Directed by Richard Thorpe
Construction worker Vince Everett accidentally kills a drunk and belligerent man in a bar-room brawl. He is sentenced to between one and ten years in the state penitentiary for manslaughter. His new cellmate, a washed-up country and western singer Hunk Houghton (Mickey Shaughnessy), starts teaching Vince to play the guitar after hearing Vince sing and strum Hunk's guitar. Hunk convinces Vince to participate in an upcoming inmate show, which is broadcast on nationwide television. Vince receives numerous fan letters as a result, but Hunk ensures they are not delivered to Vince. Hunk then convinces Vince to sign a contract to become equal partners in his act.
Vince and Peggy go to buy Vince's single, but are shocked to discover Mickey Alba's recording has been released instead.. Vince storms into the label's office and slaps the manager. To avoid being deceived, Vince suggests that he and Peggy should form their own label, which they do. The name it Laurel Records and hire an attorney, Mr. Shores (Vaughn Taylor). Vince records "Treat Me Nice", and begins pitching it but it is universally rejected. Peggy convinces her friend, disc jockey Teddy Talbot (Dean Jones) to air the song in exchange for a date, and it becomes an immediate hit. Later that evening, Vince asks Peggy out to celebrate, but is disappointed when he learns that she has accepted a dinner date with Teddy. Vince again appears on television. During a party, Hunk visits him after being paroled and persuades Vince to give him a spot on the upcoming show. Vince rehearses "Jailhouse Rock" in a stylized cell block. Hunk's number is cut because of his outdated music style. Afterward, Vince informs Hunk that according to his lawyer, the contract they signed in prison is worthless. Vince offers Hunk instead a fee of ten percent, which he accepts.
Elvis Presley as Vince Everett
One More Day
Young And Beautiful
I Want To Be Free
Don't Leave Me Now
Treat Me Nice
(You're So Square) Baby I Don't Care
Jailhouse Rock is a 1957 American musical drama film
The wife of producer Pandro S. Berman convinced him to create a film with Presley in the leading role. Berman delegated the casting to Benny Thau, head of the studio and Abe Lastfogel, president of William Morris Agency. Berman hired Richard Thorpe, who was known for shooting productions quickly. The production of Jailhouse Rock began on May 13, 1957, and concluded on June 17 of that year. The dance sequence to the film's title song is often cited as "Presley's greatest moment on screen".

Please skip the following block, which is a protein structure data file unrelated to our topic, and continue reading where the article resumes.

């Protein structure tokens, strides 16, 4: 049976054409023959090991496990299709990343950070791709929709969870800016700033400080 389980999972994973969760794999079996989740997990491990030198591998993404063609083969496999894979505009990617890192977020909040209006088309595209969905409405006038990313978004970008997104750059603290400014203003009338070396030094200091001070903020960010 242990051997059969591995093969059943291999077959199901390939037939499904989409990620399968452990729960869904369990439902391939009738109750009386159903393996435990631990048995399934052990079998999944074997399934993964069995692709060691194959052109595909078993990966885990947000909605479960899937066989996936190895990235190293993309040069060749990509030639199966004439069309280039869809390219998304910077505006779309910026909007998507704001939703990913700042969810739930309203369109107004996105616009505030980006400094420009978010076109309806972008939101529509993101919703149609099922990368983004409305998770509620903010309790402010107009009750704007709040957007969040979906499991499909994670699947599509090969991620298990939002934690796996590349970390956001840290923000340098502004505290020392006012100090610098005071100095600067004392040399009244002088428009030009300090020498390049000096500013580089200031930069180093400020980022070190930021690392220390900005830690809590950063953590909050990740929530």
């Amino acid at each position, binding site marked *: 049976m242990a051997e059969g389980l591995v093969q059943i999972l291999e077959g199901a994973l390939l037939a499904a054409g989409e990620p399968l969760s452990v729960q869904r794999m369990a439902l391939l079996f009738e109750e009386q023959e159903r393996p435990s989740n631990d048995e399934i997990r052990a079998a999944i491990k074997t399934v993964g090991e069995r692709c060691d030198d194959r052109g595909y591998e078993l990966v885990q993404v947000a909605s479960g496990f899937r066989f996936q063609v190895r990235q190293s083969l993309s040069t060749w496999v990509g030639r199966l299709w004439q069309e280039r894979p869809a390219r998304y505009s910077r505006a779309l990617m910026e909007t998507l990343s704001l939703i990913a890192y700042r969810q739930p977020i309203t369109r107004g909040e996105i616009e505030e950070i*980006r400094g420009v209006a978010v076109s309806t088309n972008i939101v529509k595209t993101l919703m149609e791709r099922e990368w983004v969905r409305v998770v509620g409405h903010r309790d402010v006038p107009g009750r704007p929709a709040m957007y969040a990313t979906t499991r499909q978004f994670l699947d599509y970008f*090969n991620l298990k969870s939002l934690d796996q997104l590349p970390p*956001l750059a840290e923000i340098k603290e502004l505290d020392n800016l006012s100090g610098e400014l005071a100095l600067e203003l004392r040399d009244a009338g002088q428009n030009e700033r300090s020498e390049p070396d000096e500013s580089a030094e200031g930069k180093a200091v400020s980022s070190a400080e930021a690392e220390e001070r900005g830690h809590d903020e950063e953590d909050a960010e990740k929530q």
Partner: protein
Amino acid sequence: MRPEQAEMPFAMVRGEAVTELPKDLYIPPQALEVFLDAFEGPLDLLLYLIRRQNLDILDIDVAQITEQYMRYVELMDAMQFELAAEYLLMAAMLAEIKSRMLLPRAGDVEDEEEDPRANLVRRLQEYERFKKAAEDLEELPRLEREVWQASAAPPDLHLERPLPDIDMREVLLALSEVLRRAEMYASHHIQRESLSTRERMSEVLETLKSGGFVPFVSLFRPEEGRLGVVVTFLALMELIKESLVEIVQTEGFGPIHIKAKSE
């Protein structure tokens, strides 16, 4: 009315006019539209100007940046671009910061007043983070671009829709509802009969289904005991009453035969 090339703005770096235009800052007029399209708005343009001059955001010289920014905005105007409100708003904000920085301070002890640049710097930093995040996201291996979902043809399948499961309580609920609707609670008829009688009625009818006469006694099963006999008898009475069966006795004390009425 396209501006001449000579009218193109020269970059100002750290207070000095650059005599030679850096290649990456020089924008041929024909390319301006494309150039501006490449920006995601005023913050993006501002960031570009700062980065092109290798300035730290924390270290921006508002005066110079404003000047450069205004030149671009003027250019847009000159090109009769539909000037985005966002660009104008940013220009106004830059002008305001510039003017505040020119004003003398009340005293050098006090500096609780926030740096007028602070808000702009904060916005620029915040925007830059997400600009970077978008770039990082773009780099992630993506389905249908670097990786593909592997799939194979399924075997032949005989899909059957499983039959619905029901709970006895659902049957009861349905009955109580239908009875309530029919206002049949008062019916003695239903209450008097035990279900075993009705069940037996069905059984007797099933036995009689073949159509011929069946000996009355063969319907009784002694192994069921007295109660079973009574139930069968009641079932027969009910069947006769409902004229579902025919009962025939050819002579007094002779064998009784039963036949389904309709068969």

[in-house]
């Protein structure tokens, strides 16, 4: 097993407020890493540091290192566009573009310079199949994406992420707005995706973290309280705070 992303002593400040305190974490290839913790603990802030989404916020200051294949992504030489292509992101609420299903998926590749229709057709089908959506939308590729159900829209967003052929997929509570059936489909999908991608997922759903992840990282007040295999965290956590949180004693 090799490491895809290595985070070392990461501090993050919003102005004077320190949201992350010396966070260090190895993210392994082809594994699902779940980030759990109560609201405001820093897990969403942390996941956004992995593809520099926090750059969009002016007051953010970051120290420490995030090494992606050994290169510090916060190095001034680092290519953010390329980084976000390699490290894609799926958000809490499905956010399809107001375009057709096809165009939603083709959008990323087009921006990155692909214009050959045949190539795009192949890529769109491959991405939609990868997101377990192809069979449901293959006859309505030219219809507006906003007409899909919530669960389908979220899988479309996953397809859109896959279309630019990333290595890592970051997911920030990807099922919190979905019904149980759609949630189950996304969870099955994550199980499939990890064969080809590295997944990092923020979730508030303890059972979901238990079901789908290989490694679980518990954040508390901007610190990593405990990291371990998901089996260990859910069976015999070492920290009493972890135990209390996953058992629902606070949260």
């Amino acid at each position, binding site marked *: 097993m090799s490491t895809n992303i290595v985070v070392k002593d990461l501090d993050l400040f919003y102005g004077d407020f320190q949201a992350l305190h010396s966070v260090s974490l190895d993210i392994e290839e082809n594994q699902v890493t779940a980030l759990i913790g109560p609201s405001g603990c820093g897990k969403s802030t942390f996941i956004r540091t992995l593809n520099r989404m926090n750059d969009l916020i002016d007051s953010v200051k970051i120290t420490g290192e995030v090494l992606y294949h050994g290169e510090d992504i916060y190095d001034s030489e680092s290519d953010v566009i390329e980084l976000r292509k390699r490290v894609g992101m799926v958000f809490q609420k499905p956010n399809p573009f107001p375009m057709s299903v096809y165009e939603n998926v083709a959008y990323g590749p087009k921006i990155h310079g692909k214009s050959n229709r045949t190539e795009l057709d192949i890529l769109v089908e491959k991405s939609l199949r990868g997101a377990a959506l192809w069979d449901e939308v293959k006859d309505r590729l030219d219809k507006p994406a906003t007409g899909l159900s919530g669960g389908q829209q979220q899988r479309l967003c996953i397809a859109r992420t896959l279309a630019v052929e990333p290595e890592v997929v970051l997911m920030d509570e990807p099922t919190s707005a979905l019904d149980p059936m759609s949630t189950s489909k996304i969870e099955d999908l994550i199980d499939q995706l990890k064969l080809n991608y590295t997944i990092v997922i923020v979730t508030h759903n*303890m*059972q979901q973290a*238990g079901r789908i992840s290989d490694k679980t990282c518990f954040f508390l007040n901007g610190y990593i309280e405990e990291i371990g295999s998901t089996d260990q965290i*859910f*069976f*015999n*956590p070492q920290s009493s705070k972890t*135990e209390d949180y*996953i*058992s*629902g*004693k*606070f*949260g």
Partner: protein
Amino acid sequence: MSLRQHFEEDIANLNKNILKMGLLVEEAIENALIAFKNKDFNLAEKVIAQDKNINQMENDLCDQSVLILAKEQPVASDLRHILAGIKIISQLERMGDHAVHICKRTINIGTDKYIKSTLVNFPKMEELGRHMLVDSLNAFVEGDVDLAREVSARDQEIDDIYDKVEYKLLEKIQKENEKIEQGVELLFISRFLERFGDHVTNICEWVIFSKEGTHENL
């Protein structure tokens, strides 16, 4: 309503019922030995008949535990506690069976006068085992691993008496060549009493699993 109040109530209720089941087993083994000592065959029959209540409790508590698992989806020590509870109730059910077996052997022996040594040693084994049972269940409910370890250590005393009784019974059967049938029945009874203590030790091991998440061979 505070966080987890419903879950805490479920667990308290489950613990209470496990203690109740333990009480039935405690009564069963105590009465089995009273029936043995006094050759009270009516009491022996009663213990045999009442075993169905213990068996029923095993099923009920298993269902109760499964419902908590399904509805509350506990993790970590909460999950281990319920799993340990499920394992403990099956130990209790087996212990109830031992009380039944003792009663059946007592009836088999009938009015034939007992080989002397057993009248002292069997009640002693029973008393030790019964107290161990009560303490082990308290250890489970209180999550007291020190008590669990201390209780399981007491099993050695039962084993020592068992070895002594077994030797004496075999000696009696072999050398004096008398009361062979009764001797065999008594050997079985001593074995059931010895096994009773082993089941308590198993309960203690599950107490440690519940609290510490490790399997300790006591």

Before pre-production began, songwriters Mike Stoller and Jerry Leiber were commissioned to integrate the film's soundtrack. In April, Leiber and Stoller were called for a meeting in New York City to show the progress of the repertoire. The writers, who had not produced any material, toured the city and were confronted in a hotel room by Jean Aberbach, who locked them into their hotel room by blocking the hotel room door with a sofa until they wrote the material. Presley recorded the soundtrack at Radio Recorders in Hollywood on April 30 and May 3, with an additional session at the MGM Soundstage on May 9. During post-production, the songs were dubbed into the films scenes, in which Presley mimed the lyrics.
Jailhouse Rock premiered on October 17, 1957 in Memphis, Tennessee and was released nationwide on November 8, 1957. It peaked at number 3 on the Variety box office chart, and reached number 14 in the year's box office totals, grossing $4 million. By 1969, the film's box office gross in the United States and Canada was similar to that of The Wizard of Oz. Jailhouse Rock earned mixed reviews, with most of the negative reception directed towards Presley's persona. In 2004, the film was selected for preservation in the National Film.